Fern’s Law petition, which is waiting for a debate in Parliament, calls for vets, rescues and authorities to check microchips at first treatment to reunite stolen and missing microchipped cats and dogs.
The Kennel Clubs post:- During 2020 James Daly MP introduced a Bill into the House of Commons containing provisions for compulsory microchip scanning. The Bill consists of two sections, otherwise known as Tuk’s Law and Gizmo’s Law.
Tuk’s Law would ensure that no healthy or treatable pet can be euthanised by a vet without having its microchip scanned first and that no dog can be destroyed without the expressed permission of its registered keeper. The law would also ensure that all other options of rehousing a healthy or treatable pet have been exhausted before euthanasia.
It is important to note that microchip databases maintain the details of the keeper of the animal, which will not always be the same person as the owner.
Gizmo’s Law, proposed to apply to cats only, would make it a legal requirement for all local authorities to scan a microchip of a deceased cat in order to return it to the registered keeper and to notify Deceased Cats UK when a deceased cat is discovered without a microchip in order for them to reunite the animal with its keeper.
Current legislation, guidance and recommendations
Whilst microchipping has been compulsory for dogs in England since 2016, there are currently no legal requirements for veterinarians, local authorities or highways agencies to scan dogs or cats in any circumstance. In May 2020, the UK Government announced it was considering scanning requirements as part of the ongoing post-implementation review of the microchipping regulations.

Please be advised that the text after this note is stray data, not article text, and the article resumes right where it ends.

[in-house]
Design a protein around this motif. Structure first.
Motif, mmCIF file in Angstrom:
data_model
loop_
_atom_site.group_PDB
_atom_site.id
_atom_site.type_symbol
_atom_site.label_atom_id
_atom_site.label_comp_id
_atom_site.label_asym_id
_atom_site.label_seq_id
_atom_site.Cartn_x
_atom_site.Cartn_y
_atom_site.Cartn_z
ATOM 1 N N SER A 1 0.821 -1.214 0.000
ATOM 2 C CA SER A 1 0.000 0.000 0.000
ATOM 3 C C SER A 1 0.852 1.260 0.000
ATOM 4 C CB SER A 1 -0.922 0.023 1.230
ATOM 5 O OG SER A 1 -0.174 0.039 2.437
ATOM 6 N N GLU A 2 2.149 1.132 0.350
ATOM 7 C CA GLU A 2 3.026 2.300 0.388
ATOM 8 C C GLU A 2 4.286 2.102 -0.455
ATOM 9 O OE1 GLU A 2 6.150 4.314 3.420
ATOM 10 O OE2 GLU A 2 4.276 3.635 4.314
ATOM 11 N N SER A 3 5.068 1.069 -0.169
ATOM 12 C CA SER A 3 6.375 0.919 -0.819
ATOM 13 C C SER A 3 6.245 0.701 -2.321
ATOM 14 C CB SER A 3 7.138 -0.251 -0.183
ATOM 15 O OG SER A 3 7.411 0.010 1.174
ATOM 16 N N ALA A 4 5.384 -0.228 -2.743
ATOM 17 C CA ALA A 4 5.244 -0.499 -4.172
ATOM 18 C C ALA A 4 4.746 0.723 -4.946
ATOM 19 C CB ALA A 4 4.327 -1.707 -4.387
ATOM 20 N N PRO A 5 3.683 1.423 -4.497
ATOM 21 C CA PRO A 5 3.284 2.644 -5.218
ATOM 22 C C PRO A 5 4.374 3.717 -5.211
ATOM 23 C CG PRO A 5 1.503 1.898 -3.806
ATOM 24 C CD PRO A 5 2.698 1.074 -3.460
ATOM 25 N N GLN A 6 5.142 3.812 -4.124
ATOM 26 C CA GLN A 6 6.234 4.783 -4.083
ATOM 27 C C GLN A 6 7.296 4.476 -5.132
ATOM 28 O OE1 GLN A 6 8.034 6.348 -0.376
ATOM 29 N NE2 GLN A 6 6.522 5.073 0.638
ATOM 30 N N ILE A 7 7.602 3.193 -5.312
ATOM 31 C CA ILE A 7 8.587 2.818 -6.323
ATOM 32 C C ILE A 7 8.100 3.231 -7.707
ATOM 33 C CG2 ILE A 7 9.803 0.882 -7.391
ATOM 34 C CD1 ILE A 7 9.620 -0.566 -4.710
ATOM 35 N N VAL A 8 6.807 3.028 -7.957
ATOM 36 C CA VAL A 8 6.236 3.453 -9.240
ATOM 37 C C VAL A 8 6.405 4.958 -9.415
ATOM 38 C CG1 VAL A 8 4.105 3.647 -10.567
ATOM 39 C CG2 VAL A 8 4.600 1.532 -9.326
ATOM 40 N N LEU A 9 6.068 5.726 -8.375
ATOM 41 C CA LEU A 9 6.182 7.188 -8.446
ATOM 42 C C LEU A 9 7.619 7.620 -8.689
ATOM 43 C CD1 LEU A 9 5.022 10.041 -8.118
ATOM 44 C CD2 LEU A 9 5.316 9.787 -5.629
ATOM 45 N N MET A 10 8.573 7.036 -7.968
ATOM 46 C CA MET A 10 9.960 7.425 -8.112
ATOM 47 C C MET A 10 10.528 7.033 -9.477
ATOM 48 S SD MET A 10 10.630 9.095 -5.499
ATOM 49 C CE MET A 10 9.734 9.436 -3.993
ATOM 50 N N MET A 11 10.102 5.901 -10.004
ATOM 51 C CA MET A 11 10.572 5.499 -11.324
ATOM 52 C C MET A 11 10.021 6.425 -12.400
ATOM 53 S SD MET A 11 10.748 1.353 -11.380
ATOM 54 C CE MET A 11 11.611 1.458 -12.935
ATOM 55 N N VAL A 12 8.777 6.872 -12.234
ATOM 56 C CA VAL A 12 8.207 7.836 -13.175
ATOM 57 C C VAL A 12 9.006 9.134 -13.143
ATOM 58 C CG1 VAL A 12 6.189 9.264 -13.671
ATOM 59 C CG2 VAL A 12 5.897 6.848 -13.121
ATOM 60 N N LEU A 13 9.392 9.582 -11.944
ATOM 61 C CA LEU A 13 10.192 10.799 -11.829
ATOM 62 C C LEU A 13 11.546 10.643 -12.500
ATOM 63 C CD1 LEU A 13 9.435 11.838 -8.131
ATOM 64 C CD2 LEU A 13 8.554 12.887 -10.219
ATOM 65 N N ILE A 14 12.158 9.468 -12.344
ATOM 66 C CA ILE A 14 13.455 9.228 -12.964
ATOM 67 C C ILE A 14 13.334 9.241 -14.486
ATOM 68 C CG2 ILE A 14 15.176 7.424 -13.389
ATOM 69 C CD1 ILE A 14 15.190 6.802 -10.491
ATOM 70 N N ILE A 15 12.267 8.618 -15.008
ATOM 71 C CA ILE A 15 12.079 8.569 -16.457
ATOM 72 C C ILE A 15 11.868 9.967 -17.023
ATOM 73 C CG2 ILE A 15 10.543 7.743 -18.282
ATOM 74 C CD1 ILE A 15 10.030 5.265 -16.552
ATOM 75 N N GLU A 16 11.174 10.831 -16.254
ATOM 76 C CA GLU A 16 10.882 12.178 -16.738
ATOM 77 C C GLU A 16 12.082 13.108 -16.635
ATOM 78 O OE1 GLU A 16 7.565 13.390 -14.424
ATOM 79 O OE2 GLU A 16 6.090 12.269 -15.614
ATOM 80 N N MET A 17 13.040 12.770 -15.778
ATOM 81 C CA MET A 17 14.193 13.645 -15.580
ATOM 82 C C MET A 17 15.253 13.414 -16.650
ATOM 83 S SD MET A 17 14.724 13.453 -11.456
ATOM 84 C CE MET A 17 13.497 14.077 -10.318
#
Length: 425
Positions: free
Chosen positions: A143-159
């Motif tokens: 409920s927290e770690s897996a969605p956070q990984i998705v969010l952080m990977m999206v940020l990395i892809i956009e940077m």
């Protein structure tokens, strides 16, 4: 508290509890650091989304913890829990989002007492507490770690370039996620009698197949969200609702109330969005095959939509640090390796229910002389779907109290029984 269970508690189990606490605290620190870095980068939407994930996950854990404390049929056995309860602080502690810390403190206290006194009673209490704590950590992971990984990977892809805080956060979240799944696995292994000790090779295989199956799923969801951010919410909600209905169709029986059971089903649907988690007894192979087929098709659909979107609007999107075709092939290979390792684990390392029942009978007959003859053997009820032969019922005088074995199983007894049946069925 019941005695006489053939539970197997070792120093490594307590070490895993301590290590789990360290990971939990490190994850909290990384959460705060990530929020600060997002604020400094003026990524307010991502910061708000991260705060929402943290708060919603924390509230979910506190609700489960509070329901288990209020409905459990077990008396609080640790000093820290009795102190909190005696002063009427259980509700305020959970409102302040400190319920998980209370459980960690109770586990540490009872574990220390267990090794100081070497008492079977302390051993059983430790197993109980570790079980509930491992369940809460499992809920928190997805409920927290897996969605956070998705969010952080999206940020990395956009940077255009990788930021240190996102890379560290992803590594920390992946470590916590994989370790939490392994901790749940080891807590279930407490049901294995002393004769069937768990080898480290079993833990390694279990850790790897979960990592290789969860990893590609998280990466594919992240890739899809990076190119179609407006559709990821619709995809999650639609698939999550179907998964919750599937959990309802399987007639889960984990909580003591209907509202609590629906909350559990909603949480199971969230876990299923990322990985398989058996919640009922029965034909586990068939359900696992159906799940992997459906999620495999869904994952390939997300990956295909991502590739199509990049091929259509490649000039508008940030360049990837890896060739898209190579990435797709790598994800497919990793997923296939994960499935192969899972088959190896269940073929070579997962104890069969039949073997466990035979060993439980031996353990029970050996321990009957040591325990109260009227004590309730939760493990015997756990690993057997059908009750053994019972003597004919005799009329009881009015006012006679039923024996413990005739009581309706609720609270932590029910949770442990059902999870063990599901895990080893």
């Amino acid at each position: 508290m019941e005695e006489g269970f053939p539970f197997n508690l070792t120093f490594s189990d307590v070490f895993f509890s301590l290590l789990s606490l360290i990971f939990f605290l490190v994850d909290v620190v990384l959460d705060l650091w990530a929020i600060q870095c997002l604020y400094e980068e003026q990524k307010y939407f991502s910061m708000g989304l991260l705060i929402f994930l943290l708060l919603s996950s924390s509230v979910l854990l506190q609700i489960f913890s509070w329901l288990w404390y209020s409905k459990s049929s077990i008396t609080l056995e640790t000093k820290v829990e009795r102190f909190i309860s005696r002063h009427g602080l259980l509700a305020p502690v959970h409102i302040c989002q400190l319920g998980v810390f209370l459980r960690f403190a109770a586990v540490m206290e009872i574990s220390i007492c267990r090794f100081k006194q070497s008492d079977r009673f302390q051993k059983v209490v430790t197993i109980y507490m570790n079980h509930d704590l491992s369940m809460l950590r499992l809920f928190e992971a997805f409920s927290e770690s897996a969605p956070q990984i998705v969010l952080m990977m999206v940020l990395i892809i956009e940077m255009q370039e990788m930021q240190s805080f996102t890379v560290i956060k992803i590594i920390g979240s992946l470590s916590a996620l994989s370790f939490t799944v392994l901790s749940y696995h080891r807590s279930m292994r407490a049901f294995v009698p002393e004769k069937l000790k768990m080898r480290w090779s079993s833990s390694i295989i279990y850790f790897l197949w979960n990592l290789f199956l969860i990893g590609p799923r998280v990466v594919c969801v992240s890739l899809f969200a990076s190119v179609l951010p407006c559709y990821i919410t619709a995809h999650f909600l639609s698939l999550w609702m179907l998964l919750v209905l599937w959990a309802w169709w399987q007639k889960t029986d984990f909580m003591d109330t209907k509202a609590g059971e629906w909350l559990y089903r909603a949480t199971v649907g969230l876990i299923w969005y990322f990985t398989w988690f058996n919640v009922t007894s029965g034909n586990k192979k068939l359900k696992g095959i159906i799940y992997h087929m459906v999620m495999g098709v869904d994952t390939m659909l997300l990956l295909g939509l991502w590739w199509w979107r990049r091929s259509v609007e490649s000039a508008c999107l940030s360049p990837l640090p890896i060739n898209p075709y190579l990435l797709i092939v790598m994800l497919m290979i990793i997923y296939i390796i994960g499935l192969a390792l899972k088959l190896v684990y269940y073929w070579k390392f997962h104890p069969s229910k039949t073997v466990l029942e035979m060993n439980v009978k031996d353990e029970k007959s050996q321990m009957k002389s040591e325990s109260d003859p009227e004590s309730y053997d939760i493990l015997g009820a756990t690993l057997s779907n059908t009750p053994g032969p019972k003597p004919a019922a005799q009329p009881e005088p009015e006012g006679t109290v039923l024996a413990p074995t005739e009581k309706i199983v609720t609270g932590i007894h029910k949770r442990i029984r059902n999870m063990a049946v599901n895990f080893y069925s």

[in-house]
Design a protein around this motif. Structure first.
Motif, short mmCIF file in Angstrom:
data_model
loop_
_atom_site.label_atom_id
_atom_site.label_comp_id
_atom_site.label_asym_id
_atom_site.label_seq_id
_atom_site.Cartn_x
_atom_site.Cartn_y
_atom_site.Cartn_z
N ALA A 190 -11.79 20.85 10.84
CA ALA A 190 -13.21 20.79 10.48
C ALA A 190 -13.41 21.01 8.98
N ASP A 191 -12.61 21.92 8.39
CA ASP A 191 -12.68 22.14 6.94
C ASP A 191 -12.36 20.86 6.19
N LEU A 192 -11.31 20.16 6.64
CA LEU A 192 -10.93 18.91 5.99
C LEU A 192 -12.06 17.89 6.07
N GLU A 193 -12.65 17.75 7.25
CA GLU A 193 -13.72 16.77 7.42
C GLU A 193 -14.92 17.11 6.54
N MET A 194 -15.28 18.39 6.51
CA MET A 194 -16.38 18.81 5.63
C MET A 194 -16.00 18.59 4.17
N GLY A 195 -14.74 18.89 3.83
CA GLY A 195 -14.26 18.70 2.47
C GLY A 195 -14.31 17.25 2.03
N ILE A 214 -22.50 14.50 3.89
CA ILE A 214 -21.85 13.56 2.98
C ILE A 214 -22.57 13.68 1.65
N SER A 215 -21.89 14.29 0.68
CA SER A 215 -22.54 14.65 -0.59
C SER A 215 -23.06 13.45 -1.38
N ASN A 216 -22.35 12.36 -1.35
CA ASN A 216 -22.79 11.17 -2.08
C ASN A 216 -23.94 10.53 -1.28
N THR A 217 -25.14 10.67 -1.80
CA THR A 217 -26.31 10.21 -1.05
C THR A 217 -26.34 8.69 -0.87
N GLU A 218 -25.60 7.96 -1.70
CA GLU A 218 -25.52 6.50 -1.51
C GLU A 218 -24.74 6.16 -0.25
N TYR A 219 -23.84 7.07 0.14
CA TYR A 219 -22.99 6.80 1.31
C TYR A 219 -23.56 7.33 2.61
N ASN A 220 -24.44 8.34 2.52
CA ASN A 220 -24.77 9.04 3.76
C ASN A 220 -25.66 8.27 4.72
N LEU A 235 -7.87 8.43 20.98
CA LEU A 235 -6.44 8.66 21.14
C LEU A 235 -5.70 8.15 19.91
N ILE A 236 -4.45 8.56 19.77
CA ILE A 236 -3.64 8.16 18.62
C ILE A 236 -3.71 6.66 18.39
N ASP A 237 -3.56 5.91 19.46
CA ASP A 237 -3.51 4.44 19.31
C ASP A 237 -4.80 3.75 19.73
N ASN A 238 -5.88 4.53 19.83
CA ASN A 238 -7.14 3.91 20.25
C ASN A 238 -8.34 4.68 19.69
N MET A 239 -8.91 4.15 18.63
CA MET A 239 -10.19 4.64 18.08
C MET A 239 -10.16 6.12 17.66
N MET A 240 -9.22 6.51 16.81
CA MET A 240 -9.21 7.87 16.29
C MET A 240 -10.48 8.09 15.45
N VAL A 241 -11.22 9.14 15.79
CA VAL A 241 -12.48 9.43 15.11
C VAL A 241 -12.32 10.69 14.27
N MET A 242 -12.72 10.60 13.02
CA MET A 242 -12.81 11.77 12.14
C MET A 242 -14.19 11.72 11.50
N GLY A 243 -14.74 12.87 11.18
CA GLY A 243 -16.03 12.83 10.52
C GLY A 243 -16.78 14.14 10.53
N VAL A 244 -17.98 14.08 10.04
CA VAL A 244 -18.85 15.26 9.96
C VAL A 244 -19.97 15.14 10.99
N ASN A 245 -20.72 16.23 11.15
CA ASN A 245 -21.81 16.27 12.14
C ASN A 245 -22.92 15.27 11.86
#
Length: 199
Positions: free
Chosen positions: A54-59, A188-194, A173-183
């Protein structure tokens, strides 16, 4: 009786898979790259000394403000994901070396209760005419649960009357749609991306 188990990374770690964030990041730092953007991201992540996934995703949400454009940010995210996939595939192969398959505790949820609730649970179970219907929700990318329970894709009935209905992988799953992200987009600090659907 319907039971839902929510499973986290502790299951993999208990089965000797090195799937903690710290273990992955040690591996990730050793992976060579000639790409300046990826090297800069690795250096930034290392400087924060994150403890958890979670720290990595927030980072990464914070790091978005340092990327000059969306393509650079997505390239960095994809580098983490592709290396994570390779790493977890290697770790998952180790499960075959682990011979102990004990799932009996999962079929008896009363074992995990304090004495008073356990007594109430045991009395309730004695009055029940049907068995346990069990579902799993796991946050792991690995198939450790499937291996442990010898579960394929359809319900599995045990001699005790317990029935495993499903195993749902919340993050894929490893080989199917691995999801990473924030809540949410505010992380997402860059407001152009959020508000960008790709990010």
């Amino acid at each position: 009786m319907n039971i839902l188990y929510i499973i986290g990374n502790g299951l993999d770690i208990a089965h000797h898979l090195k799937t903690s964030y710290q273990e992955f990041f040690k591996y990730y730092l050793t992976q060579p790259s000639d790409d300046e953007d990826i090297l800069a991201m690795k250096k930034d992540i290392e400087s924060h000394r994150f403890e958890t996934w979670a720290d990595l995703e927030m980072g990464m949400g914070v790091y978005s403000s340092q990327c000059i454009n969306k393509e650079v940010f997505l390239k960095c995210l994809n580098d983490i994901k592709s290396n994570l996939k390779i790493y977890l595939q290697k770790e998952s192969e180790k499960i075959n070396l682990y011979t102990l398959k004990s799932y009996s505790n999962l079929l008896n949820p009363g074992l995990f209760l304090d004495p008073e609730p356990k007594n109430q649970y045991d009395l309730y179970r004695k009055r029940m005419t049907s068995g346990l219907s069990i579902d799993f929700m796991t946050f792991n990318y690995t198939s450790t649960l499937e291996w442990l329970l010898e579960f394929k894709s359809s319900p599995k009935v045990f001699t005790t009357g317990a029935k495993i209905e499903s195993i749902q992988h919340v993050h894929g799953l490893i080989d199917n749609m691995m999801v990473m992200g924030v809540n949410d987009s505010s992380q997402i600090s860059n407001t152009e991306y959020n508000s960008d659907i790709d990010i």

The British Veterinary Association’s (BVA) guidance recommends that an animal should be scanned for the presence of a microchip when admitted for treatment ‘if considered appropriate’. The BVA also newly recommends scanning before euthanasia and in other circumstances, including: prior to microchip implantation; on first presentation at the practice; on presentation of a lost, stray or seemingly unowned animal; annually as routine; and on admission for treatment or hospitalisation. It currently does not recommend compulsory scanning of all dogs at every presentation, highlighting that this would misunderstand both the powers of veterinarians and pose potential welfare harms to both animals and humans.
The Royal College of Veterinary Surgeons has highlighted that veterinarians are currently not obliged to scan microchips prior to euthanasia nor confirm that the person presenting the animal and signing the consent to euthanasia form is registered on the microchip as the animal’s keeper. This would be legally required to change in the event of the compulsory scanning Bill being made into law.
The Kennel Club’s position
The Kennel Club welcomes the proposed legal requirement for microchip scanning prior to a pet being euthanised. In the event of a rescue dog being taken to a veterinary practice by its keeper for euthanasia, compulsory scanning will be an important step towards ensuring that treatable and otherwise healthy animals are returned to rescue centres rather than being euthanised.
We are mindful that for trusted, long-standing owners bringing their beloved pets in to be euthanised as a last resort, for example, compulsory scanning may create unnecessary stress during what is an already emotional and distressful time. In such circumstances, whereby the keeper has repeatedly brought their pet to the practice, we believe that vets should have some discretion in relation to scanning.
Ensuring that this Bill applies only in the event of euthanasia – and not for every treatment or admission – is important for animal welfare. In the event of a stolen or lost dog, compulsory scanning upon every presentation could result in people feeling reluctant to bring the animal in if they fear punishment or confiscation, potentially posing threats to the animal’s welfare. As well as this, scanning and checking the relevant database can be time consuming and, if required upon every presentation, would be unlikely to be completed in a meaningful way. This could have unintended consequences for other animals and their owners, such as a reduced number of available appointments and increased costs for owners to burden. We would like to see greater adoption of technological advances, such as the Halo Scanner, which can scan a microchip and automatically flag a lost or stolen animal within eight seconds. This would make the process both quicker and easier for veterinarians.